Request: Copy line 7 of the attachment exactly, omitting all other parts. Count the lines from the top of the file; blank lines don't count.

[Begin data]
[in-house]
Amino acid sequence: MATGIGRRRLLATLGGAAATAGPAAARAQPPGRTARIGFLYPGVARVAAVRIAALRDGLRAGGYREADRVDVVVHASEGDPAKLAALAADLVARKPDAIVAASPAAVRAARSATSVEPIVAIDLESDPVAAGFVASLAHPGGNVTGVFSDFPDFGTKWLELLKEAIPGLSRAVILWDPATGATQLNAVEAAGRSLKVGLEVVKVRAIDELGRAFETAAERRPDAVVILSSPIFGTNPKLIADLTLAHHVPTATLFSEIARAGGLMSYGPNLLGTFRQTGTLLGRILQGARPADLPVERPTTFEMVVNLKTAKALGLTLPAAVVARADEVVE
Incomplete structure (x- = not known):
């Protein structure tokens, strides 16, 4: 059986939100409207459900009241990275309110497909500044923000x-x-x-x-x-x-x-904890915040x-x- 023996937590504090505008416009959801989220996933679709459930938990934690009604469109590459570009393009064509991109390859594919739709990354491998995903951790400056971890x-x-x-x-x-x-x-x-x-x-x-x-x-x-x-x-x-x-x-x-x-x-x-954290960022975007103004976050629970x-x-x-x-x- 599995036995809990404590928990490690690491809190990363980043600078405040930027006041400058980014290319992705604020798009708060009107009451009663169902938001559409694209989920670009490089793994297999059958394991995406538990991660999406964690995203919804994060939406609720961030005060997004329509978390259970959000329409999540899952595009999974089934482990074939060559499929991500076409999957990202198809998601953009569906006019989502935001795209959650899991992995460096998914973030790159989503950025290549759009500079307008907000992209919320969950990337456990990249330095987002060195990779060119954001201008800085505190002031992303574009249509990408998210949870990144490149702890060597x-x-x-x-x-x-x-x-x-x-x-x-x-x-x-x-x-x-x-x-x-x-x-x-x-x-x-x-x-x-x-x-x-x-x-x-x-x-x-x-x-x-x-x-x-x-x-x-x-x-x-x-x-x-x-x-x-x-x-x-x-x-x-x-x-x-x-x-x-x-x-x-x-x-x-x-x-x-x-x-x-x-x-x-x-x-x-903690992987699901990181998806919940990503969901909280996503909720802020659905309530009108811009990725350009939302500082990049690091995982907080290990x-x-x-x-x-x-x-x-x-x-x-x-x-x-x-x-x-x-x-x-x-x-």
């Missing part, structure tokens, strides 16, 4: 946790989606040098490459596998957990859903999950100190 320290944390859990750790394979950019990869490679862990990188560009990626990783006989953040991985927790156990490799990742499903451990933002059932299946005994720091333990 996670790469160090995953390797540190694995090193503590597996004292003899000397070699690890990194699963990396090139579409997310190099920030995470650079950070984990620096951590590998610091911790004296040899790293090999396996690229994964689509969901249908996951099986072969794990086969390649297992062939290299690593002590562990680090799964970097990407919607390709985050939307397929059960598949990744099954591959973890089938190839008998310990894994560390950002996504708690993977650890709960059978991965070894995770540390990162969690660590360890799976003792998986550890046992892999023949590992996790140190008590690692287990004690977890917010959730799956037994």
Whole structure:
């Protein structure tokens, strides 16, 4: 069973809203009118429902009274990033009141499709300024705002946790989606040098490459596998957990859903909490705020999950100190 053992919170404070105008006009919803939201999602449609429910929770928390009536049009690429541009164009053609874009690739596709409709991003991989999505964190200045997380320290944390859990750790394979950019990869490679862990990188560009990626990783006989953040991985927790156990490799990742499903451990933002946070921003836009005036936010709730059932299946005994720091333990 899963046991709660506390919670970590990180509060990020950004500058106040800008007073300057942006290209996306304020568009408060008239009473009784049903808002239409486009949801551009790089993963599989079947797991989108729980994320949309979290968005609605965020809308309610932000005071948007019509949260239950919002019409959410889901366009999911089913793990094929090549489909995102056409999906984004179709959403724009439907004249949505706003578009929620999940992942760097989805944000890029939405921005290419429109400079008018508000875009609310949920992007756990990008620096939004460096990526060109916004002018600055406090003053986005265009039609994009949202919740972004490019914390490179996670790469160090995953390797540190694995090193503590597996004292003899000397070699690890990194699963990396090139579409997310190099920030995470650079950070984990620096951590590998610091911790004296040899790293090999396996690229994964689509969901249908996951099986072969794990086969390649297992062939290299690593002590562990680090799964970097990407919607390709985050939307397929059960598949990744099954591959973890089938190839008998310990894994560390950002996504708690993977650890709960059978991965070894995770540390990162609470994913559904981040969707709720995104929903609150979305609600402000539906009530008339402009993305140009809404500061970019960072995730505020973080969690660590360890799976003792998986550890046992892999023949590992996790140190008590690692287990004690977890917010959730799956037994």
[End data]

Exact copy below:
């Protein structure tokens, strides 16, 4: 069973809203009118429902009274990033009141499709300024705002946790989606040098490459596998957990859903909490705020999950100190 053992919170404070105008006009919803939201999602449609429910929770928390009536049009690429541009164009053609874009690739596709409709991003991989999505964190200045997380320290944390859990750790394979950019990869490679862990990188560009990626990783006989953040991985927790156990490799990742499903451990933002946070921003836009005036936010709730059932299946005994720091333990 899963046991709660506390919670970590990180509060990020950004500058106040800008007073300057942006290209996306304020568009408060008239009473009784049903808002239409486009949801551009790089993963599989079947797991989108729980994320949309979290968005609605965020809308309610932000005071948007019509949260239950919002019409959410889901366009999911089913793990094929090549489909995102056409999906984004179709959403724009439907004249949505706003578009929620999940992942760097989805944000890029939405921005290419429109400079008018508000875009609310949920992007756990990008620096939004460096990526060109916004002018600055406090003053986005265009039609994009949202919740972004490019914390490179996670790469160090995953390797540190694995090193503590597996004292003899000397070699690890990194699963990396090139579409997310190099920030995470650079950070984990620096951590590998610091911790004296040899790293090999396996690229994964689509969901249908996951099986072969794990086969390649297992062939290299690593002590562990680090799964970097990407919607390709985050939307397929059960598949990744099954591959973890089938190839008998310990894994560390950002996504708690993977650890709960059978991965070894995770540390990162609470994913559904981040969707709720995104929903609150979305609600402000539906009530008339402009993305140009809404500061970019960072995730505020973080969690660590360890799976003792998986550890046992892999023949590992996790140190008590690692287990004690977890917010959730799956037994």